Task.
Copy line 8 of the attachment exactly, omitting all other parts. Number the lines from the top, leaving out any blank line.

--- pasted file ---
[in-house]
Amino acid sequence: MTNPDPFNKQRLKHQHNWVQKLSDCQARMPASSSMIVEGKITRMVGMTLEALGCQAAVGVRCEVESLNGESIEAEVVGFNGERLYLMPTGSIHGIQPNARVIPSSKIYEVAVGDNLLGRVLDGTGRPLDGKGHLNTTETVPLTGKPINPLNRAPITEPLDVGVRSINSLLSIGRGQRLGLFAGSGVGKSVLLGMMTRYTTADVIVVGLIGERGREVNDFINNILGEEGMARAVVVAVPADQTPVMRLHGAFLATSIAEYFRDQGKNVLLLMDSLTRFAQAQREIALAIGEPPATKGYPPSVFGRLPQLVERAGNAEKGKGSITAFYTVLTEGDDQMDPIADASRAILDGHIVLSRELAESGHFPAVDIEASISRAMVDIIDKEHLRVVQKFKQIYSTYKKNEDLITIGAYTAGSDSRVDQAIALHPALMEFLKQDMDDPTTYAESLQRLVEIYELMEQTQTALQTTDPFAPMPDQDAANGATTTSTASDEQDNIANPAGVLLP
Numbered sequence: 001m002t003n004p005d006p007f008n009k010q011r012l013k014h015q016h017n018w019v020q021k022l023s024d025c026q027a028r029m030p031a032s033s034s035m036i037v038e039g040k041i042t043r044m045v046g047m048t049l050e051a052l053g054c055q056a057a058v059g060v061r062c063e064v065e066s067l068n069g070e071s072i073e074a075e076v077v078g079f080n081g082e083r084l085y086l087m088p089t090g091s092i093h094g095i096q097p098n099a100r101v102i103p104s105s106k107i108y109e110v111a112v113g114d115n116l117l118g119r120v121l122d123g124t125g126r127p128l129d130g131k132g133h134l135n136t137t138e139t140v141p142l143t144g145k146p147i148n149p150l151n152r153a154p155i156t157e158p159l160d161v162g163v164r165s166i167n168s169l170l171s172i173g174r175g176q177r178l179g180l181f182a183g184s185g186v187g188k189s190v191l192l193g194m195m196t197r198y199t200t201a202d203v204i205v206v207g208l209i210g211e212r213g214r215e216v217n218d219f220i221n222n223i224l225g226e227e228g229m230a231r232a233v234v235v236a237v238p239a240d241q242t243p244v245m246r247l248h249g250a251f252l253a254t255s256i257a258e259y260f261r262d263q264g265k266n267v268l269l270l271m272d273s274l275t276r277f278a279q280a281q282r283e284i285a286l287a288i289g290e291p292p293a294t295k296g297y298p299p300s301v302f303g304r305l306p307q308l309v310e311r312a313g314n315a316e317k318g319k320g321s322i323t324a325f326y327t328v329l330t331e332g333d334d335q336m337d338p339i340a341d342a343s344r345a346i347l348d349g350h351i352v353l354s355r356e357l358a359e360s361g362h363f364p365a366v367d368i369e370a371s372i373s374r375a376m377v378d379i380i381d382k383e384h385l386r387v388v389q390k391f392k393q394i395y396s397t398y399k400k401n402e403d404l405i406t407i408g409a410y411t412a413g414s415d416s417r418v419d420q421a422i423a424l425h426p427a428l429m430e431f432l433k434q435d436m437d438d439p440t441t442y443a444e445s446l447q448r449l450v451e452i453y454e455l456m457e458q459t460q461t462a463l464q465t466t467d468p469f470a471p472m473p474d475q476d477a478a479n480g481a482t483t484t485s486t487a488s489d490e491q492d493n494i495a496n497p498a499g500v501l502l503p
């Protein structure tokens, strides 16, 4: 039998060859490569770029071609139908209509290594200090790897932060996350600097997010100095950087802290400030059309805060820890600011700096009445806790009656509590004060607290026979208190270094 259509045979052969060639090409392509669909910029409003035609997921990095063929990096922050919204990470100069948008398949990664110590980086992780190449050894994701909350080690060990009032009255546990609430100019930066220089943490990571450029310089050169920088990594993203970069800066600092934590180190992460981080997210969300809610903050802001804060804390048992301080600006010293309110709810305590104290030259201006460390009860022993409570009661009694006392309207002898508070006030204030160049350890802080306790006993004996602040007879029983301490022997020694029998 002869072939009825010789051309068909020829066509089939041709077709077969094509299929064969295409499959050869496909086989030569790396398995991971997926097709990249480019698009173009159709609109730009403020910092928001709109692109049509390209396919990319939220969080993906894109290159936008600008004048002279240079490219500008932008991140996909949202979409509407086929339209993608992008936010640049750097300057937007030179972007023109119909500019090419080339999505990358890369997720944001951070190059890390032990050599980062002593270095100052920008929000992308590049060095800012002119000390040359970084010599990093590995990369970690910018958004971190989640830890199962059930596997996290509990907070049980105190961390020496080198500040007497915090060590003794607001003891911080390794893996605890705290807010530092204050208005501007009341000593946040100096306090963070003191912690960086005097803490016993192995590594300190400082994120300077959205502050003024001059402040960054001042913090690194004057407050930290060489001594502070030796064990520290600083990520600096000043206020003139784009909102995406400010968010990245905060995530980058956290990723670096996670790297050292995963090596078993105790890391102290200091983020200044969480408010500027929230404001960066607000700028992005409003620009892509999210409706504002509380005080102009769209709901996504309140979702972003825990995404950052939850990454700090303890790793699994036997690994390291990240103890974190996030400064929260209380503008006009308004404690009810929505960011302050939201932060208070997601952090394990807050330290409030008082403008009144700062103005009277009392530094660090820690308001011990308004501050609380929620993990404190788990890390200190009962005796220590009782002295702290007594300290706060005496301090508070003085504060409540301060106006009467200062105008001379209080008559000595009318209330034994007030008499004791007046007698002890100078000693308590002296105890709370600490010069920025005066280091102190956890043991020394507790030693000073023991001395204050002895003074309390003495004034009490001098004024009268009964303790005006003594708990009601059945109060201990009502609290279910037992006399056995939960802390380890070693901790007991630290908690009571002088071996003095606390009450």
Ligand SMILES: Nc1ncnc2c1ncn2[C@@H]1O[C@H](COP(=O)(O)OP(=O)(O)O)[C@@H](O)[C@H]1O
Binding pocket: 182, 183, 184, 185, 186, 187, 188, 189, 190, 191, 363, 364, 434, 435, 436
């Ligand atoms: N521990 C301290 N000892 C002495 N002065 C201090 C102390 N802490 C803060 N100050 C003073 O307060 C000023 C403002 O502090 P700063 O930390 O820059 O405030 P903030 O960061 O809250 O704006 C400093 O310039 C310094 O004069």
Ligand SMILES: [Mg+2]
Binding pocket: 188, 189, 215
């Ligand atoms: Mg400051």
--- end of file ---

Ligand SMILES: [Mg+2]